In reponse to an online petition in support of real Net Neutrality, I received a response from Senator Johnny Isakson which stated in part that he has “consistently been opposed to attempts by the Federal Communications Commission (FCC) to regulate the Internet, because I believe that the competition created by the free market will better ensure that the Internet remains open and free. I also believe that unnecessary regulations have the potential to stifle innovation and be harmful to consumers.”
I really don’t understand how with a straight face you could consider internet access to currently be provided by a “Free market”. Most people in this country have at most two choices for ISP, their phone company and their cable company. And there is only one choice of each for any particular address. This oligopoly bordering on monopoly is in no way a “free market”, and it requires the people acting as one (which is after all what a democratic government is supposed to be) in order to provide any kind of balance of power to that market.
The recent proposal by the FCC to make Net Neutrality a thing of the past will stifle innovation as only those with already deep pockets will be able to afford proper internet access. Consumer choice will be lessened because it will be harder for new companies to establish themselves on the internet when large competitors can effectively price them out of the internet. Like the unfettered unconstitutional spying, innovators will move overseas where they have access to better internet bandwidth (we are woefully behind countries such as South Korea as it is) cheaper.
Would you turn the interstate highway system over to Walmart so that all individuals and small businesses could only use one lane and Walmart got the rest? That’s what the FCC proposal would do to the internet in the US.
September 5th, 2012
Just saw and article with the headline “Hacking group leaks 1 million Apple user IDs“. In the article it relates that the hacktivist group AntiSec released about 1 million of the Apple IDs (after scrubbing them of personally identifiable information) it had obtained from the laptop of an FBI agent. Why wasn’t the FBI connection in the headline? What possible legitimate reason would the FBI have to gather 12.4 million Apple device identifiers along with the associated personal information? Where are the 12.4 million warrants?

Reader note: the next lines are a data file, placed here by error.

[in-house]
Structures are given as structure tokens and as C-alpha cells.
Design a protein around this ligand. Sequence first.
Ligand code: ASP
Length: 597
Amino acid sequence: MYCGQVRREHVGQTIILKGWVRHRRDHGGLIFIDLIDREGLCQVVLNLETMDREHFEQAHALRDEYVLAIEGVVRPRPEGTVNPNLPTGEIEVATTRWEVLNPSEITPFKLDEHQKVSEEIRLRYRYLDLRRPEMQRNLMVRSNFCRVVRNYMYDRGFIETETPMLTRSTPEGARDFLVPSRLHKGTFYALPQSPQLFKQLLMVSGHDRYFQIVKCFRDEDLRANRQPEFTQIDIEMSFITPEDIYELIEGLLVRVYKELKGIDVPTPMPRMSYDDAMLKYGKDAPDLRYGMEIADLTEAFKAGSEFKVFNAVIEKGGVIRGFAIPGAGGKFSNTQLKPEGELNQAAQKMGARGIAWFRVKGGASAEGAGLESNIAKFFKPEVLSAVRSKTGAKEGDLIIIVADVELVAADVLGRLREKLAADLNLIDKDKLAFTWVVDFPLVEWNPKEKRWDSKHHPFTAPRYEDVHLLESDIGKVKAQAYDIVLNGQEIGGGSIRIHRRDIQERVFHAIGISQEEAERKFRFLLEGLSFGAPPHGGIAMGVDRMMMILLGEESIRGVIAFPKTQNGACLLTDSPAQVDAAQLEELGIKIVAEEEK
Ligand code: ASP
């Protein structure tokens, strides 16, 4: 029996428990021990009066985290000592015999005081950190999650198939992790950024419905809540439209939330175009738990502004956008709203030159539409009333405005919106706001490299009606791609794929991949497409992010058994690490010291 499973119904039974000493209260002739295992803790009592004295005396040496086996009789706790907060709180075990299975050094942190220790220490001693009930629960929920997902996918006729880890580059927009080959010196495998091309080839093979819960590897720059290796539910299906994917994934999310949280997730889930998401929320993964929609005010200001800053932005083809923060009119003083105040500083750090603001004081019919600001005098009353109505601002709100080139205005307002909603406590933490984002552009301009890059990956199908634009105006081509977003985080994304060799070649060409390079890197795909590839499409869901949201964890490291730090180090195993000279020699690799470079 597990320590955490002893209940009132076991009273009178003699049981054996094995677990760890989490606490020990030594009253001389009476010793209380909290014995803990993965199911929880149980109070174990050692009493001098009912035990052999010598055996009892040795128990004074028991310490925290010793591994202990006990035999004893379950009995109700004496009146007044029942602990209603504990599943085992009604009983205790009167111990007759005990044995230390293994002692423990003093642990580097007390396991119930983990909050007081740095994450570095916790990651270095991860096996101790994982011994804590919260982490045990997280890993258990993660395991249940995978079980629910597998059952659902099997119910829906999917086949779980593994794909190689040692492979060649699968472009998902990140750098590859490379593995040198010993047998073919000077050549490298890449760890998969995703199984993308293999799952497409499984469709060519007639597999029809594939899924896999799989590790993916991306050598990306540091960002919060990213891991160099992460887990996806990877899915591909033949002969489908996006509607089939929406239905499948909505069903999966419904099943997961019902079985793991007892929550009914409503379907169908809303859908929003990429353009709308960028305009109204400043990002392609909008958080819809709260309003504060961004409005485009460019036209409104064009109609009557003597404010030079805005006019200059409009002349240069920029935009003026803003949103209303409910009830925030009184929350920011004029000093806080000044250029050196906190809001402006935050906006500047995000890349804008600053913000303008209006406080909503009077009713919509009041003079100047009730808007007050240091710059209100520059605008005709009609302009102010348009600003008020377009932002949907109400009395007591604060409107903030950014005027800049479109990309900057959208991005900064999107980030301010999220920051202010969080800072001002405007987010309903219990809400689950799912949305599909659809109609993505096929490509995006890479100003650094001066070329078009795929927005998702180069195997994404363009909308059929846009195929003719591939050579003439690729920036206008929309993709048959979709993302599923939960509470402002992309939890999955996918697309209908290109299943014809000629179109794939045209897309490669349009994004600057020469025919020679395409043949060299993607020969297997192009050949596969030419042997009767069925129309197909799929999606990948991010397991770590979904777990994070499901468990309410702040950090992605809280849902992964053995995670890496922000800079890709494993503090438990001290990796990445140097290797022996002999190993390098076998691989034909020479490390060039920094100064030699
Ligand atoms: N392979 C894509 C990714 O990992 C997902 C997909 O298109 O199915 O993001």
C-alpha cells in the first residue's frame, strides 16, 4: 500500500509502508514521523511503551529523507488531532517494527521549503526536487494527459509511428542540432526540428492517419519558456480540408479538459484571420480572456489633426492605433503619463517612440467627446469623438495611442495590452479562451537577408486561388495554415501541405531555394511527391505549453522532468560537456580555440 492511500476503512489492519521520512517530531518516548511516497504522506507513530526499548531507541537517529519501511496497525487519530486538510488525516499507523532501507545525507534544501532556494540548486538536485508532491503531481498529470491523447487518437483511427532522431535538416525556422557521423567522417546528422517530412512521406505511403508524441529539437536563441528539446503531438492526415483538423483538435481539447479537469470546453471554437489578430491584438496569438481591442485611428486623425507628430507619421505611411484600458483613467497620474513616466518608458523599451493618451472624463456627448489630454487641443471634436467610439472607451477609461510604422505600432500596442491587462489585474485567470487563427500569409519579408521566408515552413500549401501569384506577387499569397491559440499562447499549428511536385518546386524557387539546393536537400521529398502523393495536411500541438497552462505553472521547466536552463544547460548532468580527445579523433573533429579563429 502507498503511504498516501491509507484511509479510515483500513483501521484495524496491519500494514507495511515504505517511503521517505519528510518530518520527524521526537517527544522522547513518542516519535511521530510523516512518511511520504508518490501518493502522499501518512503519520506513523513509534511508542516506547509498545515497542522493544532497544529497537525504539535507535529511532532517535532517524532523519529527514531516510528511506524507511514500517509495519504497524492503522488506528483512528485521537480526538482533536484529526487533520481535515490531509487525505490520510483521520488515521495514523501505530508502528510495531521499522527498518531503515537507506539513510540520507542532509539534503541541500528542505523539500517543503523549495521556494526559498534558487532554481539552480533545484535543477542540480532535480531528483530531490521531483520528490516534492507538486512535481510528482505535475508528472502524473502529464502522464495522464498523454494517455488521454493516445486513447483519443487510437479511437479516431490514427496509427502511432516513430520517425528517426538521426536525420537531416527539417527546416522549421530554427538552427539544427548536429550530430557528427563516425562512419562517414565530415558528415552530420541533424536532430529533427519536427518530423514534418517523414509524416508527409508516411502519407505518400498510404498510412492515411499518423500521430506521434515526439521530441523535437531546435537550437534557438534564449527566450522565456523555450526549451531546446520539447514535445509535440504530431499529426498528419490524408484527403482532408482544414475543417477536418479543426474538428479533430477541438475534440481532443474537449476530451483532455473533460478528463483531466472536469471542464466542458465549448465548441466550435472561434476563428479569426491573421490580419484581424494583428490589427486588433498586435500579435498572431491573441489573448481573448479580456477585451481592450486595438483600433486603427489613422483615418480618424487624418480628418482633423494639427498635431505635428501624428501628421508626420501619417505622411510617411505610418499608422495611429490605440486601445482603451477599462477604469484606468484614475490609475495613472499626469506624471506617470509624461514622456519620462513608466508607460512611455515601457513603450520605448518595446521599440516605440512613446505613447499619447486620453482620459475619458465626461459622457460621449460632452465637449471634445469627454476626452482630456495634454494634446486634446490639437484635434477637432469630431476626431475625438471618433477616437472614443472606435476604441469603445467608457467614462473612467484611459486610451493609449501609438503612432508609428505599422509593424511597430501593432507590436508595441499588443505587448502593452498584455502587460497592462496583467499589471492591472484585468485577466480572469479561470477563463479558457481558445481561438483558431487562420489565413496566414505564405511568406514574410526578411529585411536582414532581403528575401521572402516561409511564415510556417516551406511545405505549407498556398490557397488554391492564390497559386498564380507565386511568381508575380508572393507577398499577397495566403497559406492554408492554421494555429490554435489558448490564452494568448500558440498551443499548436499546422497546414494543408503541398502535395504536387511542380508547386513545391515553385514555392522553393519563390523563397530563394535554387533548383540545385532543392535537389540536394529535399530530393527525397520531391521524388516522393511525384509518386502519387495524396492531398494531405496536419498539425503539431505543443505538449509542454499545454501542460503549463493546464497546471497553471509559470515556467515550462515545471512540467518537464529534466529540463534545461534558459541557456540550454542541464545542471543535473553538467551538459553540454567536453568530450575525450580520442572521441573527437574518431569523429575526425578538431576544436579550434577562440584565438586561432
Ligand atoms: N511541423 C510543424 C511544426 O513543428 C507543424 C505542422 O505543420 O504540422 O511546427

February 27th, 2012
Newt Gingrich said “And I keep trying to get across to my liberal friends: You cannot put a gun rack in a Volt.”
Within days, several people had proved him wrong. One could write this off as just another politician ignoring the maxim “Always be sure brain is in gear before engaging mouth.” However, anyone who wants to be President ought to be aware that telling Americans something can’t be done is just asking for trouble. It’s one of the things that makes America special – we have NEVER taken NO for an answer.
The past few years Congress has been unable to rise to the challenges we face, but that doesn’t mean the American people won’t. We deserve a leader who understands that and can harness it to get Congress back to work. Newt’s Volt comment shows it is not him.
February 23rd, 2012
The problem with government is that laws are written by the highest bidders and services are provided by the lowest bidders.
February 21st, 2012
Rick Santorum seems to be running for Pope, not President. His comments about President Obama having a “phony theology not based on the Bible” show a total disregard for our Constitution, which is what our laws are based around, not a religious text. I’m sure he would denounce Sharia, but he wants to institute the Catholic version of the Taliban.
I am thoroughly disgusted with the hypocrisy of “conservatives” who want to get government “off the backs” of the uberrich and megacorps, but at the same time legislate their religious pretensions into every bedroom in America.
If Santorum wants to be a missionary, he has two choices: Ditch his family and join the priesthood, or move to a theocracy like Iran and run for President against Ahmadinejad.
February 14th, 2012
I read an article recently by Erik Eckholm in the New York Times about the future of the Occupy movement. In it he quoted William A Galston, an alleged expert from the Brookings Institute, criticizing the Occupy movement because “Average Americans want solutions, not demonstrations, and their patience for the latter won’t last indefinitely.”
It seems to me that criticism should be leveled at Congress, who are all so busy posturing for election that they haven’t even passed a budget in three years. Let’s send the Oakland police to the Capitol to tell Congress to quit demonstrating and get back to work.
February 8th, 2012
According to a new flyer designed to be posted in Internet Cafes titles “Communities Against Terrorism” that appears to me to be doing the terrorists’ work for them:
- If you are “overly concerned about privacy”, you might be a terrorist.
- If you “pay cash”, you might be a terrorist (shame on you for not letting the banks get a cut of your purchase).
- If you sign in to a “residential based internet provider” (you know, to check your Comcast email), you might be a terrorist.
- If you use anonymizers, portals, encryption, or VOIP (no Skype calls for you, buddy), you might be a terrorist.
- If you take photos of popular locations, you might be a terrorist (or a photographer).
- If you read about terrorist attacks, police or government information, you might be a terrorist (or just an informed citizen).
So, all you red blooded patriots, gather up your yellow stars and head down to your local Starbucks and make sure you mark all those terrorists and then call the FBI so they can come pick ’em up and haul ’em off to indefinite detention without charges. Only by ratting out any of your neighbors that don’t go to your church can the next terrorist plot be stopped, because all Homeland Security’s good for is groping grandma and confiscating cupcakes.